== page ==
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Ships held by Somali pirates

Suspected Somali pirates seized a German-owned cargo ship off Oman in the Gulf, the first recorded attack in its territorial waters, NATO staff said.

world Updated: Jun 14, 2009 16:15 IST

Suspected Somali pirates seized a German-owned cargo ship off Oman in the Gulf, the first recorded attack in its territorial waters, NATO staff said.

Earlier this month, pirates freed the Yenegoa Ocean, a Nigerian firefighting and supply tugboat seized last August.

Here are details of some ships believed to be under pirate control and some facts about the increase in piracy:

Jaikur-I: Seized October 2, 2008 - The 21,040-tonne general cargo ship was detained after a dispute with the owners over damaged cargo. Most of the 21 crew were released last month.

Masindra 7: Seized on December 16, 2008. The Malaysian-owned tugboat, was seized with a barge off the Yemeni coast. The tug has about 11 Indonesian crew.

Serenity: The catamaran sailing for Madagascar from the Seychelles with three people aboard, was seized in early March.

Indian Ocean Explorer: Seized March 2009. The 35-metre boat was built in Hamburg as an oceanographic research vessel. It accommodates about 12 passengers.

Hansa Stavanger: Seized April 4, 2009. The 20,000-tonne German container vessel was captured about 400 miles off the southern Somali port of Kismayu, between the Seychelles and Kenya. The vessel had a German captain and three Russians, two Ukrainians and 14 Filipinos on board.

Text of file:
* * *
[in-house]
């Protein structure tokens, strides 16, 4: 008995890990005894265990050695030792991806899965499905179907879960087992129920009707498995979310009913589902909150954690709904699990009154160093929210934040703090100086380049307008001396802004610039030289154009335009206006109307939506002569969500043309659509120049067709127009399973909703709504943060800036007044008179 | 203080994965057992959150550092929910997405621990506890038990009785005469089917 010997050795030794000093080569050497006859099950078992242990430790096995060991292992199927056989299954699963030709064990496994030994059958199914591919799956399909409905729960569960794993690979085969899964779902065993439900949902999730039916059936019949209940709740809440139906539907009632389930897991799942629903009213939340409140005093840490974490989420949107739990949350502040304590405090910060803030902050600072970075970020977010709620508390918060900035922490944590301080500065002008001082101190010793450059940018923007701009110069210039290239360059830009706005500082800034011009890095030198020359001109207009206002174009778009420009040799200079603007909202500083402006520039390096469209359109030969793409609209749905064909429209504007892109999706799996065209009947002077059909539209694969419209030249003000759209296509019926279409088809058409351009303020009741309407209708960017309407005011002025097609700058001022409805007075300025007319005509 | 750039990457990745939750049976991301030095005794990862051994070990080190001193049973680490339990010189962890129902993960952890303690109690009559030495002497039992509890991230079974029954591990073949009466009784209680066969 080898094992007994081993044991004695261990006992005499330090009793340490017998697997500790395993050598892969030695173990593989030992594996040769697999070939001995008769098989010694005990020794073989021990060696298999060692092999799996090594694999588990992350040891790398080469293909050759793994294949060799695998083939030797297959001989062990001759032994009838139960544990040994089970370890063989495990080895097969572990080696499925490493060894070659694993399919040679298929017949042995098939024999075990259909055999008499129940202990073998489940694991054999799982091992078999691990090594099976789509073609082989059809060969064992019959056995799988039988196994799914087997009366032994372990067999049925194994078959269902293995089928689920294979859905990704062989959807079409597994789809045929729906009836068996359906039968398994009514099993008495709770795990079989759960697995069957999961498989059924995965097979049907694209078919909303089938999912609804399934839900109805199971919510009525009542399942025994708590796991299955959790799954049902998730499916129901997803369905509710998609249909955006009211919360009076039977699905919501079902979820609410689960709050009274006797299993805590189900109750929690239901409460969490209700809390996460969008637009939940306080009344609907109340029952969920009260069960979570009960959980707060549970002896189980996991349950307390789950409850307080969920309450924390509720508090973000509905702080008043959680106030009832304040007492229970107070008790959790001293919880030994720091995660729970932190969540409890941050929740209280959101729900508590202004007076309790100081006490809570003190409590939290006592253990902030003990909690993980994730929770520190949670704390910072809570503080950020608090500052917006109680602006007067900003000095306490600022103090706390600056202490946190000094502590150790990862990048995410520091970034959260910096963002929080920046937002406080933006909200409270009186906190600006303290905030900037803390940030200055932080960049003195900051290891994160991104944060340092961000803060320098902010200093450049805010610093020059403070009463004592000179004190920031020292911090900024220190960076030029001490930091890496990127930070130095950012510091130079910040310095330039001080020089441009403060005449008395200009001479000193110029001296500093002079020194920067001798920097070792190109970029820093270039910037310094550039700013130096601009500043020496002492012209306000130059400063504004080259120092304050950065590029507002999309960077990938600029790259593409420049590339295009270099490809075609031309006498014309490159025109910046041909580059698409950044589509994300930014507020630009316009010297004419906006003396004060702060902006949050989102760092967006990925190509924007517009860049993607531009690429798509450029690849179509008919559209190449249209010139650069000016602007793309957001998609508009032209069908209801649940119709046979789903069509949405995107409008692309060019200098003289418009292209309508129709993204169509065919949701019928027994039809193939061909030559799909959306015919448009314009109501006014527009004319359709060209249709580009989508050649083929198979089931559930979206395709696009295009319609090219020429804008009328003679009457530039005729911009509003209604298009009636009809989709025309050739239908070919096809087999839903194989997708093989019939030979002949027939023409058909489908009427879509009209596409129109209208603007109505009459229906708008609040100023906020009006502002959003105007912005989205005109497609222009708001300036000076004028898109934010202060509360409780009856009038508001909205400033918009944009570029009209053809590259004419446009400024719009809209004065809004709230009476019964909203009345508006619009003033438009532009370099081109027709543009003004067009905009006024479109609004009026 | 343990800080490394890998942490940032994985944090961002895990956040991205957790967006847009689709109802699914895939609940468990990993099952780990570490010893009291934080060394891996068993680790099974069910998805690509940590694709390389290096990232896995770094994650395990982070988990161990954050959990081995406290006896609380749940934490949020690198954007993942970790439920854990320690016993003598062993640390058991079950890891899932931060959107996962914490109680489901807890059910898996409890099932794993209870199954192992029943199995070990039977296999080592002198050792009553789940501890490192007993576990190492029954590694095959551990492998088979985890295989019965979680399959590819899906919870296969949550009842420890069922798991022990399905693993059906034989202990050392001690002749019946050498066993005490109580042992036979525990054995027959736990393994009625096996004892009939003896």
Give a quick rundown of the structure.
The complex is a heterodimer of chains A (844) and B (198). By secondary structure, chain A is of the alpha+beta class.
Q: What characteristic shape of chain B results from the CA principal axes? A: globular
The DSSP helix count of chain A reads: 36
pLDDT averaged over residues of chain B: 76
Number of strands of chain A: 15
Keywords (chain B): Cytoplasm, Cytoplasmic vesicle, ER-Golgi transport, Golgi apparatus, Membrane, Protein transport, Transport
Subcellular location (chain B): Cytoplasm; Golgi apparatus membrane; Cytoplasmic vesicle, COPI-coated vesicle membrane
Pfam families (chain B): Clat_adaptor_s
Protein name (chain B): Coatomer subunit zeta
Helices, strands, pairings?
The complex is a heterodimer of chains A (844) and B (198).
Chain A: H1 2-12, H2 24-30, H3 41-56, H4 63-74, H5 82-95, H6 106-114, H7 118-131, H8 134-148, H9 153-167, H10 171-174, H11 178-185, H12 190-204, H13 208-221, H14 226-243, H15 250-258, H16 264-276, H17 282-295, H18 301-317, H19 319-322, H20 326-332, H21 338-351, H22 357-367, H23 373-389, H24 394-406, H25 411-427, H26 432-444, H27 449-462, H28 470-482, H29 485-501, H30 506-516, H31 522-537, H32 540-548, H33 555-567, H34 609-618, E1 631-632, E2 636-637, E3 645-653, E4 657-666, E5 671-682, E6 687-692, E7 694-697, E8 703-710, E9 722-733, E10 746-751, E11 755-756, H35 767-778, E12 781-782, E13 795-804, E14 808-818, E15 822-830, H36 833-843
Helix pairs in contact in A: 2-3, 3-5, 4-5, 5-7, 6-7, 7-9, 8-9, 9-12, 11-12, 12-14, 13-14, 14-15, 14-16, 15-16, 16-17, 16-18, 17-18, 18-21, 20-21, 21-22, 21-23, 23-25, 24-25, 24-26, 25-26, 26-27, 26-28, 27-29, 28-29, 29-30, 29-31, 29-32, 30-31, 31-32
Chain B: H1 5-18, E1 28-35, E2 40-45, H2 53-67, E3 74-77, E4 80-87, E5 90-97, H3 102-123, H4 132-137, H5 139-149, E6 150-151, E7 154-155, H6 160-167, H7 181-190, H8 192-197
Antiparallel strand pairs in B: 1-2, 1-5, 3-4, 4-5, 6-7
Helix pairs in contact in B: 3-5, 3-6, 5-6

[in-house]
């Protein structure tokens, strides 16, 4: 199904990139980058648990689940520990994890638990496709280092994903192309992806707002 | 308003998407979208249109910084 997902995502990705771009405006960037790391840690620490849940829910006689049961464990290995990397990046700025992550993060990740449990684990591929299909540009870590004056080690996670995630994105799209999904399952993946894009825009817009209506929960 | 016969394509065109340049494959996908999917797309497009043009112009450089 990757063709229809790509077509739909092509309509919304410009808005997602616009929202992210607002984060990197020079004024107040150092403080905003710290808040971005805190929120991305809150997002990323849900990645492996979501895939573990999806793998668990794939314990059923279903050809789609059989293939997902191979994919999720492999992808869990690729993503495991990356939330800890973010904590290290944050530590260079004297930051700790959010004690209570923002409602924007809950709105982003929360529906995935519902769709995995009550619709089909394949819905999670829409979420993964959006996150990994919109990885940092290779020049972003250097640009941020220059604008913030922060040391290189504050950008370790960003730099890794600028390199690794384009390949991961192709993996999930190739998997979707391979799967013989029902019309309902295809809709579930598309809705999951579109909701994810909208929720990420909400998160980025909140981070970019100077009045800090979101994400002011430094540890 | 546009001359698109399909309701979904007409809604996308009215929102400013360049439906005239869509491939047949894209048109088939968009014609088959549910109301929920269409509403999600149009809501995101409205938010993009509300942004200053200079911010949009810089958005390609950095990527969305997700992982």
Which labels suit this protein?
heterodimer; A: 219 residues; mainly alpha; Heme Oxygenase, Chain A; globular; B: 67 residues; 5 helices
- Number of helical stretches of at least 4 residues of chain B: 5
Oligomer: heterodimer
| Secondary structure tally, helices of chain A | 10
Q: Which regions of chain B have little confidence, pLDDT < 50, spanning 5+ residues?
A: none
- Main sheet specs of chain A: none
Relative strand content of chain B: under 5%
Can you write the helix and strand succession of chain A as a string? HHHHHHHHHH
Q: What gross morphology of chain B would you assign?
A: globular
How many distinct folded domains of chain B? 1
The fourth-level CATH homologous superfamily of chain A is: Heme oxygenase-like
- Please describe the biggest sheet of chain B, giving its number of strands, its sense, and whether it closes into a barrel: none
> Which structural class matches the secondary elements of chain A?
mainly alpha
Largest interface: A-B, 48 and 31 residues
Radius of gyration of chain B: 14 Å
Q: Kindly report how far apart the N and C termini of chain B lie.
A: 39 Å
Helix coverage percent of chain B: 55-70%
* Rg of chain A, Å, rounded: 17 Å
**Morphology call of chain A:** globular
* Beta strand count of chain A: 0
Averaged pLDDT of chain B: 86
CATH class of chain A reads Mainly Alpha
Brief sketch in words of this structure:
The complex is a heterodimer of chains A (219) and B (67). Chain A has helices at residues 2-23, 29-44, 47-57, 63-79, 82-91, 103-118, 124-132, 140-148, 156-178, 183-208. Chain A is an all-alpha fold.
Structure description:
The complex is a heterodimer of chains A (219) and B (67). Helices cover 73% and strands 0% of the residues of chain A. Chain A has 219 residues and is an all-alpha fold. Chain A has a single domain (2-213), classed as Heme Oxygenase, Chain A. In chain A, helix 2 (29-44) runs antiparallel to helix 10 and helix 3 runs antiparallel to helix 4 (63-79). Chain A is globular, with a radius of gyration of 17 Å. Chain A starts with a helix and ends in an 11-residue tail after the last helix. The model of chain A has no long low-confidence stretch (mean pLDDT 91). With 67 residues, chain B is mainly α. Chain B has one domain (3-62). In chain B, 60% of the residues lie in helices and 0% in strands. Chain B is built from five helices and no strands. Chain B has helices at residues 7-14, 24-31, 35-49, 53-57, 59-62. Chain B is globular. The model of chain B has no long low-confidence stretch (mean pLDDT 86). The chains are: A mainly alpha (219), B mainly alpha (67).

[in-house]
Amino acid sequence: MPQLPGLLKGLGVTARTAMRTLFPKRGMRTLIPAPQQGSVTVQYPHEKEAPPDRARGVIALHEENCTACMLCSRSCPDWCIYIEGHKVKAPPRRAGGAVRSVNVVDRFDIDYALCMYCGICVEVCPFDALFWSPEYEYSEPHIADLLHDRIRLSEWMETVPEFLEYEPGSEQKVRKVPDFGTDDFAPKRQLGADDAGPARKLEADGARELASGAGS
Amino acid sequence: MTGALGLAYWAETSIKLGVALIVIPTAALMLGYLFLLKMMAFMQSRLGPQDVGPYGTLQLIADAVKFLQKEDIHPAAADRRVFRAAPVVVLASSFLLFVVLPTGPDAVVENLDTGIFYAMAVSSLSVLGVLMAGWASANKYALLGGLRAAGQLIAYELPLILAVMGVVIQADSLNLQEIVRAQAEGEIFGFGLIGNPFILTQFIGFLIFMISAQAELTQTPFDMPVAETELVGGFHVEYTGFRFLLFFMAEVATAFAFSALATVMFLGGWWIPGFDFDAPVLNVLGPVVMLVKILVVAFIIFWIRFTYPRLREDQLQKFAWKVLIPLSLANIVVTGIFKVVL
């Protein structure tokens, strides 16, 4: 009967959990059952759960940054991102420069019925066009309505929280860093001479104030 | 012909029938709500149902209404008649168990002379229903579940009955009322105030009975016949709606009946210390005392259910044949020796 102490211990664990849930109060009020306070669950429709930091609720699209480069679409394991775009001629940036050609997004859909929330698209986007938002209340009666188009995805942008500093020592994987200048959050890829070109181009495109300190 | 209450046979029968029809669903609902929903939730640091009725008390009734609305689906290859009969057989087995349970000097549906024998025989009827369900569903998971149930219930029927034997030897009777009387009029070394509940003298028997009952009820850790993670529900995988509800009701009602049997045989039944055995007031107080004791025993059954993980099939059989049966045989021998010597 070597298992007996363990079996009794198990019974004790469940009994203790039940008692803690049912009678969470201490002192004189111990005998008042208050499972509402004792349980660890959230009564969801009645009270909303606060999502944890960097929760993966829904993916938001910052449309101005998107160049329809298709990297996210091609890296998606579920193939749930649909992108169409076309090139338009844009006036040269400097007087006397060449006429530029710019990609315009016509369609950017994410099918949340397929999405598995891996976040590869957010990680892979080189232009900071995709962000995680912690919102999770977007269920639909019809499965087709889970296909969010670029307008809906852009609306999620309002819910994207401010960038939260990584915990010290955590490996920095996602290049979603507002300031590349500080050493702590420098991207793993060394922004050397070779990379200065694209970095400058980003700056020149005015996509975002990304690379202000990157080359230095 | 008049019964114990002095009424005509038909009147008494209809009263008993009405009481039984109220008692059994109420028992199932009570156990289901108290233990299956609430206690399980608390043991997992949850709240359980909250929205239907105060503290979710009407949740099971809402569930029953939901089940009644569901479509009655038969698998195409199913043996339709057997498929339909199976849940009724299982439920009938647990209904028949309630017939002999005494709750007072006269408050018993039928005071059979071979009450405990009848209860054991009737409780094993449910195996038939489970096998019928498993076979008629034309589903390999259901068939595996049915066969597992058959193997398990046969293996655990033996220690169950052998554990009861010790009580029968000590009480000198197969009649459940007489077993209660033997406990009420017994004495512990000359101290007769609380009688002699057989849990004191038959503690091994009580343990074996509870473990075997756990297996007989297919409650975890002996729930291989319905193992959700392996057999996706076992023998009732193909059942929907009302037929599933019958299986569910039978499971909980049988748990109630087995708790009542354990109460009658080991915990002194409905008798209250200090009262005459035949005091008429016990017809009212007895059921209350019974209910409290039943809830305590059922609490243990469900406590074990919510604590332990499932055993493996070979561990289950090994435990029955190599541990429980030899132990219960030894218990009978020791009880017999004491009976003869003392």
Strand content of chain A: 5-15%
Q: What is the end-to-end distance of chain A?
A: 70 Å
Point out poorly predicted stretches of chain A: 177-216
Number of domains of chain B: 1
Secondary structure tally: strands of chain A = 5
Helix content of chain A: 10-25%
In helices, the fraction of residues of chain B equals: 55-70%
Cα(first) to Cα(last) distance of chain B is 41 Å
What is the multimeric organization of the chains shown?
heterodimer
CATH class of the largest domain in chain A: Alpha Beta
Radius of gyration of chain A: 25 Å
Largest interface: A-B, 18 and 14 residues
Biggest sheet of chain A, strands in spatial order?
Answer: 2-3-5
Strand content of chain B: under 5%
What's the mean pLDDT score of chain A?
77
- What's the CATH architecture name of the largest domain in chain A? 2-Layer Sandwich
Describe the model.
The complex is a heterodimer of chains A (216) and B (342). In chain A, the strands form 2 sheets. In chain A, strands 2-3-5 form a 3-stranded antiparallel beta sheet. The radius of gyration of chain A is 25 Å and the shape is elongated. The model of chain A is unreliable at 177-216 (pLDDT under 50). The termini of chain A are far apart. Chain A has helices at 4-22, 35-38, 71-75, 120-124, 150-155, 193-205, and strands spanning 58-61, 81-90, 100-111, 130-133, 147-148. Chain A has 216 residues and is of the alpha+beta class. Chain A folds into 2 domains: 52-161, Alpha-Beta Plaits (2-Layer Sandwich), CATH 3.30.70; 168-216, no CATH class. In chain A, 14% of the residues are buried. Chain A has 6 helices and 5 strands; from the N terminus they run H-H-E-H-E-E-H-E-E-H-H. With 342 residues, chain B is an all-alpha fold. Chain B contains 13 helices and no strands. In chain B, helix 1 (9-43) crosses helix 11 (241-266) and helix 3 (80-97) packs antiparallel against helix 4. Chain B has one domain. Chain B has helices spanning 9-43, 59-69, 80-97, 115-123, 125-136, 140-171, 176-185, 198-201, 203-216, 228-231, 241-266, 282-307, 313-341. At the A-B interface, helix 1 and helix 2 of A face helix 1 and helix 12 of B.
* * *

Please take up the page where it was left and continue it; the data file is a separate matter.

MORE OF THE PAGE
Win Far 161: Taiwanese tuna boat, seized April 6, 2009.

Shugaa-Al-Madhi: Seized April 9, 2009, the fishing boat had 13 crew.

Momtaz 1: Seized April 10, 2009. The Egyptian fishing vessel was detained with 18 crew.

Buccaneer: Seized April 11, 2009. The Italian tugboat, owned by Micoperi Marine Contractors, was carrying 10 Italians, five Romanians and a Croatian, and was seized towing two barges while travelling westbound through the Gulf of Aden.

Irene E.M.: Seized April 14, 2009. The St. Vincent and the Grenadines-flagged Greek-owned bulk carrier was hijacked as it travelled through the Gulf of Aden. Its Filipino crew of 22 was unharmed.

Pompei: Seized April 18, 2009. The Belgian dredging vessel and its 10 crew were hijacked about 370 miles from the Somali coast en route to the Seychelles. It had two Belgians, four Croatians, one Dutchman and three Filipinos on board.

Ariana: Seized May 2, 2009. The Ariana was seized north of Madagascar en route to the Middle East from Brazil. The 24-strong Ukrainian crew were said to be unhurt. The ship, flying a Maltese flag, belongs to All Oceans shipping in Greece. A Ukrainian ship was hijacked on the same day in the Indian Ocean with a cargo including U.N. vehicles. Maritime officials were unable to confirm this seizure.

Victoria: Seized on May 5, 2009. The Antigua and Barbuda- flagged cargo vessel was hijacked by eight pirates in the Gulf of Aden on its way to the port of Jeddah. The 146-metre ship had a crew of 10.

Marathon: Seized on May 7, 2009. The 2,575-tonne boat, carrying up to 18 crew, is both owned and registered in the Netherlands. It was carrying coke fuel.

Charelle: Seized on June 12, 2009. The 2,800-tonne cargo ship carrying about nine crew, was attacked 60 miles south of Sur on the Omani coast. Lloyds reported the vessel was owned by shipping firm Tarmstedt International.

Piracy key facts:

In 2008 there were 293 incidents of piracy against ships worldwide, 11 percent up on the year before. Attacks off Somalia and in the Gulf of Aden almost trebled.
In 2008, there were 111 incidents including 42 vessels hijacked in the Gulf of Aden and off the coast of Somalia. So far in 2009, there have been 29 successful hijackings from 114 attempted attacks.
The seas off Somalia and Yemen have been the site of a total of 128 attacks so far in 2009, of which 44 resulted in successful hijacks according to Ecoterra.
Nearly 20,000 ships pass through the Gulf of Aden each year, heading to and from the Suez Canal.